Just so, to deny the intrinsic spiritual truths that in-form the soul is like trying to play the sax without harmony, melody, chords, rhythm, pacing, etc. But conversely, to only conform to these moral truths in a rigid, exterior way, without realizing and assimilating their inner meaning, can result in a superficially good and decent person, but still, something will be missing... *cough* romney *cough*...

That something is the true self. And for the true self, truth, virtue, and beauty fundamentally involve consciousness of a plane of reality, not conformity to a rigid exterior model. I don't just want my son to "be good." Rather, I want him to know, understand, and love goodness. Nor do I want him to take the easy path of the tenured, and merely obtain good grades without being intelligent.

Our essentialist idea of a true self parts ways with the existentialists in all their variety, who believe that the self is entirely self-made, so to speak. First of all, the true self cannot possibly be self-made -- any more than you could make your liver or kidneys. It is an organ, except that it is a multi-dimensional organ that transcends space and time, at least to a certain extent. But the fact that the self may know timeless truth proves that its ultimate source is outside time.

Like all other organs, the self requires time in order to reach maturity. But the function of the self is much more complex compared to, say, the kidneys, which mostly have the one task of filtering blood.

The self, on the other hand, has the ongoing task of metabolizing and synthesizing internal, external, past, present, and transpersonal experience into a higher subjective unity. This is why you might say that the self is man's first "hyperdimensional virtual organ," so to speak. It is just as busy as the heart or lungs, except that it accomplishes its feats in a higher space that obviously exceeds three or four dimensions (cf. the phenomenon of dreaming).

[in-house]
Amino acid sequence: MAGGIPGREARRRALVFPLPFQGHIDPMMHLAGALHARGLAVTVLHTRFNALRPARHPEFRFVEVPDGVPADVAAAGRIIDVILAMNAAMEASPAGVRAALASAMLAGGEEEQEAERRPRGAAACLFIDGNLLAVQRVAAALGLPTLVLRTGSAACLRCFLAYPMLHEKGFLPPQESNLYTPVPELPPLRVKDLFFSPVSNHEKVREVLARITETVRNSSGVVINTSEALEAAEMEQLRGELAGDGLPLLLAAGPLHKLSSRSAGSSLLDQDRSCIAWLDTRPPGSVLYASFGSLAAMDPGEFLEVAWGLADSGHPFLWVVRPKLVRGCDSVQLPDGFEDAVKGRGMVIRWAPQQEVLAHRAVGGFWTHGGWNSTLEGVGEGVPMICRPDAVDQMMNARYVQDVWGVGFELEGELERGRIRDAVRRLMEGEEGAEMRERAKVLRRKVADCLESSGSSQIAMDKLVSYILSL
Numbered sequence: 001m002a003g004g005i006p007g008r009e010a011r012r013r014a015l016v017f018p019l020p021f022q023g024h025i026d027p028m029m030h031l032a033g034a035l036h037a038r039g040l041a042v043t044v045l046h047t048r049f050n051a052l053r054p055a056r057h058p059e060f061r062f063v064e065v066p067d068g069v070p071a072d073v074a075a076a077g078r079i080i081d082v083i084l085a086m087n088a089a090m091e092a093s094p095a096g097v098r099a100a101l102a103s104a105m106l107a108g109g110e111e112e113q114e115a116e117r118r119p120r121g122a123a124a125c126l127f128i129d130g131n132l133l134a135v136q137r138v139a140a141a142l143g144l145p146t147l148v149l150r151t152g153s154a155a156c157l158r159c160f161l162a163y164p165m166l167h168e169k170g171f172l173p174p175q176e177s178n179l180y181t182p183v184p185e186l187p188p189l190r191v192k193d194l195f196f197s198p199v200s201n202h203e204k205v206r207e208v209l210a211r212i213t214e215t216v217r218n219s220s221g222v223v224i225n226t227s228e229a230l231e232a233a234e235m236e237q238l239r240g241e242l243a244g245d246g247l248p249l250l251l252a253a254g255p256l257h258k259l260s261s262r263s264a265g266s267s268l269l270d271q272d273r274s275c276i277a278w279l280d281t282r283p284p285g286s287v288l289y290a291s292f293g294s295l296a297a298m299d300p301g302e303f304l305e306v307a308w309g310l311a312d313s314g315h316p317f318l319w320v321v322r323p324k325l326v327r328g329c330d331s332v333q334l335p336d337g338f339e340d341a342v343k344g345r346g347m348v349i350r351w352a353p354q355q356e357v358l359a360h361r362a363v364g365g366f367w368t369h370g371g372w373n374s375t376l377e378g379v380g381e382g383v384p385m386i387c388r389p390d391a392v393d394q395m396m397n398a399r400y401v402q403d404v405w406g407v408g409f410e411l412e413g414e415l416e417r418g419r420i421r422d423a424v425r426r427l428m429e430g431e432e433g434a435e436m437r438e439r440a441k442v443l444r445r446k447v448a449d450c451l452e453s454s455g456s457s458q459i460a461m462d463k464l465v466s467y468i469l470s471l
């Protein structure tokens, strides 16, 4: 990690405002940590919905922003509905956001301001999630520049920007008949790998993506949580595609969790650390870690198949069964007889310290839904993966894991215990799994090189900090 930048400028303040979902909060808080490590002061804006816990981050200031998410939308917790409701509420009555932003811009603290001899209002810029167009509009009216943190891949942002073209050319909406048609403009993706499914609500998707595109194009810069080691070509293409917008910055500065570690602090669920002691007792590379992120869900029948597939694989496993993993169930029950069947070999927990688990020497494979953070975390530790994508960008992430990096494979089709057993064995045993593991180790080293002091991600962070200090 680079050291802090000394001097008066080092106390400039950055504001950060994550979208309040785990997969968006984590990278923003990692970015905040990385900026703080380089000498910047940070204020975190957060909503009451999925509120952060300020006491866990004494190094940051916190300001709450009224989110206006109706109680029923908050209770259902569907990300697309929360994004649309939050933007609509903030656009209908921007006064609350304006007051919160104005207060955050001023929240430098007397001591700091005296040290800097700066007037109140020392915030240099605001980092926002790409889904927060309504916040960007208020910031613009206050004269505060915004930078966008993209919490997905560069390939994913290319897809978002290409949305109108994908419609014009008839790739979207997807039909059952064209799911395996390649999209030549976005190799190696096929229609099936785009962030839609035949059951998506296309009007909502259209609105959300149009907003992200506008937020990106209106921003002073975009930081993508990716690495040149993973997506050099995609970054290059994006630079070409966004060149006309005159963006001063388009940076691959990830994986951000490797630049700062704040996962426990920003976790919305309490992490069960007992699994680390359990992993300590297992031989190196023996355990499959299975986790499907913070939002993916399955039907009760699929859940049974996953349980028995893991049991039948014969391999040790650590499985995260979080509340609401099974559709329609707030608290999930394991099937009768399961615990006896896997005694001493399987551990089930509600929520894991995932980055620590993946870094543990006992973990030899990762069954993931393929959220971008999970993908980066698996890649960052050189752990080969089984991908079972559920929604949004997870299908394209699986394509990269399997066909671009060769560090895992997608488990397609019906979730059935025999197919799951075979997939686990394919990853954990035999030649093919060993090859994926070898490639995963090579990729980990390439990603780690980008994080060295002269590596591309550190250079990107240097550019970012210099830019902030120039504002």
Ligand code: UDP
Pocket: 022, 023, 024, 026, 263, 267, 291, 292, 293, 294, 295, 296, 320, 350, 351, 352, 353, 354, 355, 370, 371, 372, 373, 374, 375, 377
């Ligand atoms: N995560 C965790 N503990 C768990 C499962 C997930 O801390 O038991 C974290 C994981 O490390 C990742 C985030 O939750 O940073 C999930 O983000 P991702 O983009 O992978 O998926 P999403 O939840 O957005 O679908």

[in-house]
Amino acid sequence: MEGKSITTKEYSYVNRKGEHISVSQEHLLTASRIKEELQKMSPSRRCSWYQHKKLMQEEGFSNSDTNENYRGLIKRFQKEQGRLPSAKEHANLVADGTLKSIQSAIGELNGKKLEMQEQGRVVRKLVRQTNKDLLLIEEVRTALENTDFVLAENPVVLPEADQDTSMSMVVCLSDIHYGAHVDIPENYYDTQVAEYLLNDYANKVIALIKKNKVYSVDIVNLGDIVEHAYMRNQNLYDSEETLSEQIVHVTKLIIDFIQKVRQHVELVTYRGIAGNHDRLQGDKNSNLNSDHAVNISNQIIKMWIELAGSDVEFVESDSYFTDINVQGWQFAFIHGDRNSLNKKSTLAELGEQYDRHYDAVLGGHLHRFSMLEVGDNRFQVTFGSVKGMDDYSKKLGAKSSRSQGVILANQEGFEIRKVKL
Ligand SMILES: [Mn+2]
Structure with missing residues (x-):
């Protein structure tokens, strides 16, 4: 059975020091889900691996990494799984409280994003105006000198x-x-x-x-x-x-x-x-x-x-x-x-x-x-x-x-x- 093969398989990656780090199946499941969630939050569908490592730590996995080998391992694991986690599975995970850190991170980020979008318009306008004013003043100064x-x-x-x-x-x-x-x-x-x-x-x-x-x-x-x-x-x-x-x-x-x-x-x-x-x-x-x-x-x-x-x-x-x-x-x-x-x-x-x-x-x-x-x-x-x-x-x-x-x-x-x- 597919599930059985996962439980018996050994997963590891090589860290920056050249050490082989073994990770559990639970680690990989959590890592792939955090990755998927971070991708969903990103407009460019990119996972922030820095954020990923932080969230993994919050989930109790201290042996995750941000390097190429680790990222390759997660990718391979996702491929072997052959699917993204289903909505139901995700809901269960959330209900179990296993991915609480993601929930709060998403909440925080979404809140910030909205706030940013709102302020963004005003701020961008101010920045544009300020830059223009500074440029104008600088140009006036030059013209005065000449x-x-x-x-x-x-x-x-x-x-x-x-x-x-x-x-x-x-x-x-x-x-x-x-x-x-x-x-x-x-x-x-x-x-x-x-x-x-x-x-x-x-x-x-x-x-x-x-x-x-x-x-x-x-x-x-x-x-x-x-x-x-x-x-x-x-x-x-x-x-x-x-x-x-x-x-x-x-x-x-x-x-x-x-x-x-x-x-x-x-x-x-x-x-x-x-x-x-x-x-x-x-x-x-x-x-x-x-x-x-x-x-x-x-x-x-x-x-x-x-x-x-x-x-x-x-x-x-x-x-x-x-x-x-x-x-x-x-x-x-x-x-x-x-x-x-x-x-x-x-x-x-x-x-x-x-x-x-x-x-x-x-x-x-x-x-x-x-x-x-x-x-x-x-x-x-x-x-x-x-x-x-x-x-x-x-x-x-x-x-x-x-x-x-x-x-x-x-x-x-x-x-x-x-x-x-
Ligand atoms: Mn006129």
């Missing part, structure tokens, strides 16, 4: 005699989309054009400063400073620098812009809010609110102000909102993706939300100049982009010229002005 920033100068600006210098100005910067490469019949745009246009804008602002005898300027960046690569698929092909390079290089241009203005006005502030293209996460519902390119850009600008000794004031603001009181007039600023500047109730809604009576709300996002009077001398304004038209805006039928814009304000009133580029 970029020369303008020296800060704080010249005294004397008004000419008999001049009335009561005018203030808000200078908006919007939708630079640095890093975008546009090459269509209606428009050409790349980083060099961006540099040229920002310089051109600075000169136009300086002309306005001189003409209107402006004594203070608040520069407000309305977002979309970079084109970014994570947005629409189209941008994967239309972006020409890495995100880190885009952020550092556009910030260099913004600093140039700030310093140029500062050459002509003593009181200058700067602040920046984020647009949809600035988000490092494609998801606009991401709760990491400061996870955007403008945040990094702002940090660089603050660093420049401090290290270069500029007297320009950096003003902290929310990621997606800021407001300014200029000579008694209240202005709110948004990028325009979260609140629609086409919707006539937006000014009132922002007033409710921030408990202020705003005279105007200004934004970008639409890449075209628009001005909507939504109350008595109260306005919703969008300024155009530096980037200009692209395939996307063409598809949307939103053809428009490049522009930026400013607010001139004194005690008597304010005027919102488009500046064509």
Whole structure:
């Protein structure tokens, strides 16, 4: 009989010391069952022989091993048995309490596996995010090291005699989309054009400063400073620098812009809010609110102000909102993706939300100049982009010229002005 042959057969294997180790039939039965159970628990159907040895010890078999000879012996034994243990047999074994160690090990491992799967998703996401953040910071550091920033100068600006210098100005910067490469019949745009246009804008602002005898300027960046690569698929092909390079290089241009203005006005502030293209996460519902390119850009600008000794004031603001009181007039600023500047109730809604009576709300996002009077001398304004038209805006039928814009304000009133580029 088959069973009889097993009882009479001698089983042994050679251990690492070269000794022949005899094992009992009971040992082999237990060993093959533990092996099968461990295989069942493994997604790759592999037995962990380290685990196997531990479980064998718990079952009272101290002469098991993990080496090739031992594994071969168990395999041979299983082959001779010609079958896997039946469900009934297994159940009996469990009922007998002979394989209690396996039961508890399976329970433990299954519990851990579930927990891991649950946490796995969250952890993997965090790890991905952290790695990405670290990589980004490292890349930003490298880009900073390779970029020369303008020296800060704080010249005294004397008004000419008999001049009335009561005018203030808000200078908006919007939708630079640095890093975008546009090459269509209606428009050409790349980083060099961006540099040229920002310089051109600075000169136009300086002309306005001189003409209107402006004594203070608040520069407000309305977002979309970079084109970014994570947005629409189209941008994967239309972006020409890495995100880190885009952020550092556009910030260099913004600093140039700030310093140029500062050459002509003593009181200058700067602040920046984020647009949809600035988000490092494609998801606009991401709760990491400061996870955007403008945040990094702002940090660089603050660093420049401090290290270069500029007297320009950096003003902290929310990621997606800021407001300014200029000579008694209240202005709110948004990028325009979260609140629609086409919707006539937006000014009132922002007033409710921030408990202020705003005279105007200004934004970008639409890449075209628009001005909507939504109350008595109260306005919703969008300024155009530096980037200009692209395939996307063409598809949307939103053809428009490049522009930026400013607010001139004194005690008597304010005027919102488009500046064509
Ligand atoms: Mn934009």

In turn, this is why the normotic personality may appear outwardly normal, even while living a life in which he systematically denies the sufficient reason for man's existence. From the human standpoint, it can never be "normal" to be a radical atheist or leftist, for both of these categories prevent man from discovering transcendent truth and becoming what he is -- from actualizing his real nonlocal potential.

Yesterday I mentioned the "destiny drive," which is to the self as final cause is to biology. Biology is incoherent in the absence of final causation, in that each organ obviously has a function to fulfill within the context of the whole, and failure to achieve this function is the very definition of pathology. In other words, we can only know about sickness because there is a thing called "health" (which with good reason is etymologically related to wholeness).

But what was the Self designed to do? Well, if you are a Darwinist, it is a moot question, because the self reduces to biology, which in turn reduces to physics, which has no purpose at all. This down-and-backward looking metaphysic hurls the self against the dead rocks of the cosmic past (HT Vanderleun), so it can actualize no intrinsically real future, i.e., destiny.


Rick said...

"I don't just want my son to "be good."

From time to time I hear an Orthodox Christian say that God does not want us to be good. Near as I can telos, they mean not "ultimately". He wants us to be saved. One must be fit for Heaven. Fit as the Saints. Fit is part of it, but Saint is the rest.

I believe it was St Michael of the Barbarino who said. "I invented the line, because before that everyone was just milling around."

Van said...

"To say that "I am a contingent assemblage of selfish genes" is to say that "I am a moron. Please ignore me.""

Speaking of which, Sam Harris conducts an interview to prove that 'from nothing, nothing comes'... unintentionally, of course.

Sorry for the OT, back to reading.

John Lien said...

"But what was the Self designed to do? Well, if you are a Darwinist, it is a moot question, because the self reduces to biology, which in turn reduces to physics, which has no purpose at all."

If this were true, it wouldn't bother almost everyone who reads it. Which should clue in the materialists that something is wrong. You have to kill something inside yourself to believe it.

The truth sometimes hurts but you always agree, deep down. I could never agree with that.

Gagdad Bob said...